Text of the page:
- Loved to fly in airplanes and wanted flying lessons. Eleanor was the first president’s wife to ride in an airplane, and she told her friend Amelia Earhart that she hoped FDR would let her take flying lessons. FDR said no to the lessons, but that didn’t stop Eleanor from traveling by plane. Most Americans thought flying was dangerous in the 1930s, so Eleanor’s frequent plane rides helped airlines change some people’s minds.
- Helped African Americans serve as pilots in World War II. In 1941, Eleanor traveled to the Tuskegee Institute, which provided education and job skills for African Americans. The Institute had an aviation program so students could learn to fly. Many hoped to be included in the air force in World War II, but the public doubted if blacks could really be good pilots. When Eleanor visited the program, she asked to fly with one of the Tuskegee pilots. He flew her over Alabama for an hour. After the flight, the pilot and Eleanor had their picture taken in the plane. The photo of the smiling First Lady sitting next to a black pilot made people think that African Americans might be competent airmen. With a little help from Eleanor, President Roosevelt decided to use Tuskegee pilots in combat.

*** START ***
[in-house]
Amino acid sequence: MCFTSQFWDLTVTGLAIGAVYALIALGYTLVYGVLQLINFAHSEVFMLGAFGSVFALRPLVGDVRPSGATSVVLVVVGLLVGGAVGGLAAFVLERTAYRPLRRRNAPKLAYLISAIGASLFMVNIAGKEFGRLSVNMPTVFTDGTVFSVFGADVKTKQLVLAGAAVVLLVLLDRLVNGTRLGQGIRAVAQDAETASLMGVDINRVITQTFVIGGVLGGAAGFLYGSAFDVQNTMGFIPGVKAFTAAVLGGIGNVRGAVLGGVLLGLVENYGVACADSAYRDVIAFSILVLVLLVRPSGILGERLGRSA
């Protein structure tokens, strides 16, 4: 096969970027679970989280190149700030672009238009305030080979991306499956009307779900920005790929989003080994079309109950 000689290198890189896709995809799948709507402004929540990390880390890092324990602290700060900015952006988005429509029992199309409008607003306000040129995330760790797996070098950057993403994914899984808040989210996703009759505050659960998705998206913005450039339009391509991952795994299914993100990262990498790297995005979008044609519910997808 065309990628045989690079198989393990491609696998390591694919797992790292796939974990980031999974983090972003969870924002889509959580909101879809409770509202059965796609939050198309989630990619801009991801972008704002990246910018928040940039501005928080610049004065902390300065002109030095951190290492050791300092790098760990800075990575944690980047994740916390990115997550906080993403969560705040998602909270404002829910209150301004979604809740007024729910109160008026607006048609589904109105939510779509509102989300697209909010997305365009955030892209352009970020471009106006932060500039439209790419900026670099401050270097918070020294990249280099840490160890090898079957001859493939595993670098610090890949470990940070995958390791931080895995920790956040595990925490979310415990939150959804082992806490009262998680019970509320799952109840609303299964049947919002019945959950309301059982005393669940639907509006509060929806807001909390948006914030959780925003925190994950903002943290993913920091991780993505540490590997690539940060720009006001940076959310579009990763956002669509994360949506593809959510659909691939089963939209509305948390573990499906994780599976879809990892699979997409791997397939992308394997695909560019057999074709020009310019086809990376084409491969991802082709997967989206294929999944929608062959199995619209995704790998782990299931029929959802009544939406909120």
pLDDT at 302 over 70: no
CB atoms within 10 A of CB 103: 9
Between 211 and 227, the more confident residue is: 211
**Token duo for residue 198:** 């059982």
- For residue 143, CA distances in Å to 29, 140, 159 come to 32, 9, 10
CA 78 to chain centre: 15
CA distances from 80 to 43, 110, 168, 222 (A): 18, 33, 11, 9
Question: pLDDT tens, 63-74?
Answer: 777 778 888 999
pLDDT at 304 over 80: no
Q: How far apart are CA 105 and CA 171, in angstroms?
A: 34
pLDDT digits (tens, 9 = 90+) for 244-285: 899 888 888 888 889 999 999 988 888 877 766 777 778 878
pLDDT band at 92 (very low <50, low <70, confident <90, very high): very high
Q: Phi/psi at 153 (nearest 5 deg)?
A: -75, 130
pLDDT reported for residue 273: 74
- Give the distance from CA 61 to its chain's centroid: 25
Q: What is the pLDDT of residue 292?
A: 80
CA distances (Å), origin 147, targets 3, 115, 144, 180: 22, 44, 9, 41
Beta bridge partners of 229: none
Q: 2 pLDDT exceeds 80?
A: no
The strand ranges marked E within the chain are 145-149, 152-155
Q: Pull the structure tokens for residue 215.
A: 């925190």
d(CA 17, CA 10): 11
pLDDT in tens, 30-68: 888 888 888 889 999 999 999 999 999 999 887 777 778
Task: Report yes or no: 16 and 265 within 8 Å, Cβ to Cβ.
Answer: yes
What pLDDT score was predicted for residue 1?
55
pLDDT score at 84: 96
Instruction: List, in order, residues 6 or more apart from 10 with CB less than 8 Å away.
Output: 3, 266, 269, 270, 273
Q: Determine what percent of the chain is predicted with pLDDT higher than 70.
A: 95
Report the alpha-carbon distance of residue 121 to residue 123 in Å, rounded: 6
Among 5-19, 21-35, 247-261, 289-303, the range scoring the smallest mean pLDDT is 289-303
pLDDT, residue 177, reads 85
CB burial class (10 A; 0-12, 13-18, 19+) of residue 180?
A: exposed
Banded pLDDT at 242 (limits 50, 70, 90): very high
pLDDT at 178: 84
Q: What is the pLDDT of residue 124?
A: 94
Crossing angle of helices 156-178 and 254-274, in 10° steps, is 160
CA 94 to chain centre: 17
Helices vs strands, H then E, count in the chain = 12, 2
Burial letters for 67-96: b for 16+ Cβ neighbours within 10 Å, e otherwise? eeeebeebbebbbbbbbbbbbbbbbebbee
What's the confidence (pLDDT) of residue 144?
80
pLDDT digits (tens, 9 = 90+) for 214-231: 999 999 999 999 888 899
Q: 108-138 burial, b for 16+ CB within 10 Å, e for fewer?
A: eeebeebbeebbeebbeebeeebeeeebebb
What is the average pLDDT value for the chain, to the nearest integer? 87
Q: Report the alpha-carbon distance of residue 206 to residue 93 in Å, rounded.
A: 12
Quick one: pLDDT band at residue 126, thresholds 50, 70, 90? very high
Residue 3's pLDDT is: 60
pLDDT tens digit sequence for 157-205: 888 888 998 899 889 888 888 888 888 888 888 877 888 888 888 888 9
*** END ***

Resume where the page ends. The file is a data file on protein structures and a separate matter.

President Franklin Roosevelt owned a variety of dogs throughout his life, but when he was elected president he needed one that wouldn’t misbehave. In 1940, FDR’s cousin gave him a Scottish Terrier for Christmas. FDR named the dog Fala and he became instantly popular with everyone in the White House. A few weeks after Fala arrived, he got sick to his stomach. The White House staff had become so fond of him that everyone gave the little dog too much food. After that, FDR ordered that only he would feed Fala and the dog got better. In order to receive his food, Fala first had to do tricks like shaking hands and begging, but he didn’t seem to mind as long as his master was there.
Fala was the president’s nearly constant companion. He met with important world leaders and was present when FDR signed the Atlantic Charter, which outlined the aims England and the U.S. had for World War II. He attended press conferences and was trained to shake hands so he could welcome important people to the White House. In the evening he helped FDR entertain guests, or sometimes he napped. The dog even slept in the president’s bedroom at night.
Fala’s popularity was not limited to FDR and the White House staff, however. Photographers loved taking pictures of the Scottie. Fan mail regularly arrived for him from people all over the country. He received more letters and certainly more compliments than most presidents. A book about Fala was written for his adoring fans. In it, Fala expressed his disappointment that the Secret Service would not allow him to attend his master’s third inauguration. Though both were sad when FDR passed away, Fala quickly became First Lady Eleanor Roosevelt’s companion.